P0128 Code: Meaning, Symptoms and Causes

P0128 code is a common problem related to the coolant temperature in vehicles like Honda Civic, Hyundai Accent, Jeep Wrangler, and Chevys. This guide will include all possible causes of the P0128 trouble code and will walk you through all troubleshooting techniques to get rid of this problem.

Bonus Read: P0171 Code

P0128 Code Meaning

The exact meaning of the P0128 trouble code in vehicles is that the ‘Coolant temperature is below the regulating temperature of thermostat’. The engine control module sets the P0128 code when the engine isn’t warming up as quickly as expected due to the low temperature of the coolant

If the P0128 code sets, it doesn’t always mean that the coolant thermostat is bad. It can also mean that the engine has failed to reach a certain temperature within a specific amount of time.

The engine power control module (PCM) throws the P0128 code because it has engine coolant temperature data, intake air temperature data, and engine RPM data. Based on those variables, PCM calculates how long the engine should take to reach operating temperature.

If it doesn’t reach that temperature in the expected time, it sets P0128. Modern car engines work at a certain range of temperatures ranging between 192-degree Fahrenheit and 212-degree Fahrenheit.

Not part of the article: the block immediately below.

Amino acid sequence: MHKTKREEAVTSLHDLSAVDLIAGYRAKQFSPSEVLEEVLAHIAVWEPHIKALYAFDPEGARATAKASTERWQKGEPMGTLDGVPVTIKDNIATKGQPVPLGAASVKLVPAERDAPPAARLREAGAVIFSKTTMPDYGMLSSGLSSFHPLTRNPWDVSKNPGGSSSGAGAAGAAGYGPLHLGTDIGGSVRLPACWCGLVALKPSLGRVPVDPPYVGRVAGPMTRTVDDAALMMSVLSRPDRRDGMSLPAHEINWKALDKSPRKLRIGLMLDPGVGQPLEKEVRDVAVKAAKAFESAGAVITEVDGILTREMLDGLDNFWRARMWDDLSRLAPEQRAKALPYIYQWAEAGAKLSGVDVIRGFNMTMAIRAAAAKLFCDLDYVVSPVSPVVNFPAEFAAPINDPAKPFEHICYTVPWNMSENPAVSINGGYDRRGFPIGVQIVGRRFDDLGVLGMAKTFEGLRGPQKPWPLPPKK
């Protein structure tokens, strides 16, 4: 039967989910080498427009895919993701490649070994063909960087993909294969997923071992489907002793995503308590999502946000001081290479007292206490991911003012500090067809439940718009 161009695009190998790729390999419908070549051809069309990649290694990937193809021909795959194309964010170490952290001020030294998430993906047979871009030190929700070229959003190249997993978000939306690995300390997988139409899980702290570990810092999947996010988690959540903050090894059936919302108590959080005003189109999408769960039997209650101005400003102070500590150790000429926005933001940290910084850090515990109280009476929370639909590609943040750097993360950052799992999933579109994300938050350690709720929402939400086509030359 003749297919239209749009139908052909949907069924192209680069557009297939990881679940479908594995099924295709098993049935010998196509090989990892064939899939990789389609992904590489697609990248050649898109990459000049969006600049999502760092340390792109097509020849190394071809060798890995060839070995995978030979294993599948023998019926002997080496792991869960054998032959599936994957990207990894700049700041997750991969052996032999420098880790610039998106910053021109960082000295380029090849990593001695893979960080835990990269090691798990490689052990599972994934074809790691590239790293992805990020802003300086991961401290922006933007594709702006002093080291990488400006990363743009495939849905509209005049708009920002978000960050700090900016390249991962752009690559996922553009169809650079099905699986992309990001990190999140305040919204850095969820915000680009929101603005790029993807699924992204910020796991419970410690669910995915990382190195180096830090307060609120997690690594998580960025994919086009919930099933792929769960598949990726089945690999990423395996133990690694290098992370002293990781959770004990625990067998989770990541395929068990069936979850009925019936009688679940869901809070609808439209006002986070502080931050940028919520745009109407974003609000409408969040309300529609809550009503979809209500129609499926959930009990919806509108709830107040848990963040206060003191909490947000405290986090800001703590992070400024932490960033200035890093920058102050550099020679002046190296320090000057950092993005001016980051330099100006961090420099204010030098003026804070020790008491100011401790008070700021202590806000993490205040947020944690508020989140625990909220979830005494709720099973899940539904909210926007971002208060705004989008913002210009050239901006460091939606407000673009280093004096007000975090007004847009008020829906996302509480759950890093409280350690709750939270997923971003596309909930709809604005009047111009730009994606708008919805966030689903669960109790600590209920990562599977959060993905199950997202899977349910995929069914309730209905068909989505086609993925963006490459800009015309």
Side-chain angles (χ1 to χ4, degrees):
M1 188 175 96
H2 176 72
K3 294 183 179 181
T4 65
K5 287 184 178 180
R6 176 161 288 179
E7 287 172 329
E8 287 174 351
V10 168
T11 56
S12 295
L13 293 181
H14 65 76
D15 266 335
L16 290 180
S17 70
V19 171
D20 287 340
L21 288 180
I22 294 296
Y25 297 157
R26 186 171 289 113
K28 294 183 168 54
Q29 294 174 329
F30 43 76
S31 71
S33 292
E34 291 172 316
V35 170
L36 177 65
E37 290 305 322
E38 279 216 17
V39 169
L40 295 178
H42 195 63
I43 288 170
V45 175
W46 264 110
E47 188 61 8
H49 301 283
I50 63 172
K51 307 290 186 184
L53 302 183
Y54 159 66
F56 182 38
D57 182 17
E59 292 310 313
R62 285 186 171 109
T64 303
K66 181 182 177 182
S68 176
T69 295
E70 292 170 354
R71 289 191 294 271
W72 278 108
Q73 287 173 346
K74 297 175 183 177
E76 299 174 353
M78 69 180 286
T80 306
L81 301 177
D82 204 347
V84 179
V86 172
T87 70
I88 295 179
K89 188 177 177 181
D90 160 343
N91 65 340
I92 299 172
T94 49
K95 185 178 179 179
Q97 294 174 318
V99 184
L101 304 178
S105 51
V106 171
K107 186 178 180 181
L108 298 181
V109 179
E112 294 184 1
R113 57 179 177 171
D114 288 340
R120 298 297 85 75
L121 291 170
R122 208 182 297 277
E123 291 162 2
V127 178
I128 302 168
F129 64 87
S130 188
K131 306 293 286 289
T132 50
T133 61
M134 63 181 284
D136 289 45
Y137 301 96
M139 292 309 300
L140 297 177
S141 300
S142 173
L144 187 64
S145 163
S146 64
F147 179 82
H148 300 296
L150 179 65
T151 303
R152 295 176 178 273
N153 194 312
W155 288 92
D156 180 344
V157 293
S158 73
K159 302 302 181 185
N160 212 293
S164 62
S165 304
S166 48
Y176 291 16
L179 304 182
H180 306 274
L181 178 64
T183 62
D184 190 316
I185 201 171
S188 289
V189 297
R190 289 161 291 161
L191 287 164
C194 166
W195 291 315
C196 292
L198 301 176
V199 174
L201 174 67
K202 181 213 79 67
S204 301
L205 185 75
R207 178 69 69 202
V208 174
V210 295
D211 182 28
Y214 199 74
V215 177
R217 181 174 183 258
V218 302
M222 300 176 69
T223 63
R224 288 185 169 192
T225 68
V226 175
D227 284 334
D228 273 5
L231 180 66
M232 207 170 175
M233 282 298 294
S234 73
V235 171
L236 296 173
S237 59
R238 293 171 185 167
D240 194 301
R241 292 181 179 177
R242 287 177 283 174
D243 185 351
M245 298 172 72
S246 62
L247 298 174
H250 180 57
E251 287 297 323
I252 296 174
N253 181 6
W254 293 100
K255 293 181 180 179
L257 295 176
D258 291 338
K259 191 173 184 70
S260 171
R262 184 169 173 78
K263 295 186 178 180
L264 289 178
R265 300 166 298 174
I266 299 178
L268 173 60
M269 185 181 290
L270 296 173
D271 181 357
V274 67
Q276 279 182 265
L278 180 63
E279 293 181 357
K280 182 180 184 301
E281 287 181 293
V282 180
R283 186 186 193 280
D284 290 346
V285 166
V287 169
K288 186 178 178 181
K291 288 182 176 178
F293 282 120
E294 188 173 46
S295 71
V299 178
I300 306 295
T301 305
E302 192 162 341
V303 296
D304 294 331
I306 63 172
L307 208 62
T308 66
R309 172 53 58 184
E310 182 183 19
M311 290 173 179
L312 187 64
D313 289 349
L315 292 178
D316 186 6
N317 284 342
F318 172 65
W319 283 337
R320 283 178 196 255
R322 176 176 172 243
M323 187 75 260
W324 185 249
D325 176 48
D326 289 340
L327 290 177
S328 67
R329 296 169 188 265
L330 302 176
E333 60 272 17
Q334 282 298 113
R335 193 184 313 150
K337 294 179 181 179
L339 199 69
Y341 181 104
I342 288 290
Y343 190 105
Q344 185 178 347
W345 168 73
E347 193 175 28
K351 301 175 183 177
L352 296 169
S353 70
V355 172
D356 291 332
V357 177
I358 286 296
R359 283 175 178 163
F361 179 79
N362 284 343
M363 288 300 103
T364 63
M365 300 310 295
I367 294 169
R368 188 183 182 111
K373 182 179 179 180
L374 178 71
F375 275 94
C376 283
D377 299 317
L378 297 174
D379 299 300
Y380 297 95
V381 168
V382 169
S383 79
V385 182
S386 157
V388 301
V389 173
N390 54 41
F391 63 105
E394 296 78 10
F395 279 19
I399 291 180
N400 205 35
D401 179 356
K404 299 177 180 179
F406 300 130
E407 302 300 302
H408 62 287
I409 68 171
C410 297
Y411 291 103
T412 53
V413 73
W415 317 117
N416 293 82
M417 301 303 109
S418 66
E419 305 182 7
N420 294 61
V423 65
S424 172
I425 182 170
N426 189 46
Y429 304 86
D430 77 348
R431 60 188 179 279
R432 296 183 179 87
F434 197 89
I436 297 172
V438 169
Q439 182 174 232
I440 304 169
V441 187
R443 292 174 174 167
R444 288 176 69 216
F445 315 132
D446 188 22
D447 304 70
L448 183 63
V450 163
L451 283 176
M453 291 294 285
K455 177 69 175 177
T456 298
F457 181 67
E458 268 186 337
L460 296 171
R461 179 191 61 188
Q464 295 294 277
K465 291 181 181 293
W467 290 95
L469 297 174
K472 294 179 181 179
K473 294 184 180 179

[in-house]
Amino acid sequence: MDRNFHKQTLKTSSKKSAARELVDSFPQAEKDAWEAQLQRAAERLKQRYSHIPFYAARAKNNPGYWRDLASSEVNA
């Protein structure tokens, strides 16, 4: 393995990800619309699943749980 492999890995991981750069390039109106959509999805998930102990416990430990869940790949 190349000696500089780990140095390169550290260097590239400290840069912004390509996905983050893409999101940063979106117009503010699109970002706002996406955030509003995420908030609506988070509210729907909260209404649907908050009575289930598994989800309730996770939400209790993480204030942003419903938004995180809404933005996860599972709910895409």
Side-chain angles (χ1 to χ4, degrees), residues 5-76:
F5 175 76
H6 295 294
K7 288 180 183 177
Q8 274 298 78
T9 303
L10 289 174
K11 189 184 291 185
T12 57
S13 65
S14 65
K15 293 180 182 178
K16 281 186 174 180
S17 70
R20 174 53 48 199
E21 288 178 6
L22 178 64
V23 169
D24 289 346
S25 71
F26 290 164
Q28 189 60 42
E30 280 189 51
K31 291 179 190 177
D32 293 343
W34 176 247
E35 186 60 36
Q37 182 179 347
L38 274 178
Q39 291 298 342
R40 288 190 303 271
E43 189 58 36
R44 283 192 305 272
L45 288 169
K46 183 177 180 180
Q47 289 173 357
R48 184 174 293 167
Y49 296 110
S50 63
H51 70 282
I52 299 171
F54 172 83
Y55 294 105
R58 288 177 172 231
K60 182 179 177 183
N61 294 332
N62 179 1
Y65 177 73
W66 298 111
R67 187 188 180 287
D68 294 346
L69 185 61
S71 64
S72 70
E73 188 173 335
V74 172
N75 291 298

What Happens If Engine Doesn’t Get Warm Enough Quickly?

When an engine doesn’t get warm enough, it will get bad fuel mileage and the engine oil may start to get sludged up with the deposits in the engine. If the engine takes time to warm up, the engine oil will not properly to the vital parts of the engine. When the engine is cold, motor oil is quite thicker. So, it is important to warm the engine as fast as possible to enhance the flow of the motor oil.

During the engine warmup phase, the engine efficiency is low due to the following reasons

  • More fuel is consumed due to high friction at engine components exerted by cold and thick motor oil
  • More fuel is consumed due to sess efficient combustion at cold conditions. This is because when the engine is cold, the fuel is less likely to evaporate and create the correct ratio of air and vaporized fuel for combustion. So, the electronic fuel injection system injects more fuel into the air/fuel mixture to compensate for the cold. Due to this reason, the engine runs on the rich (more fuel) mixture.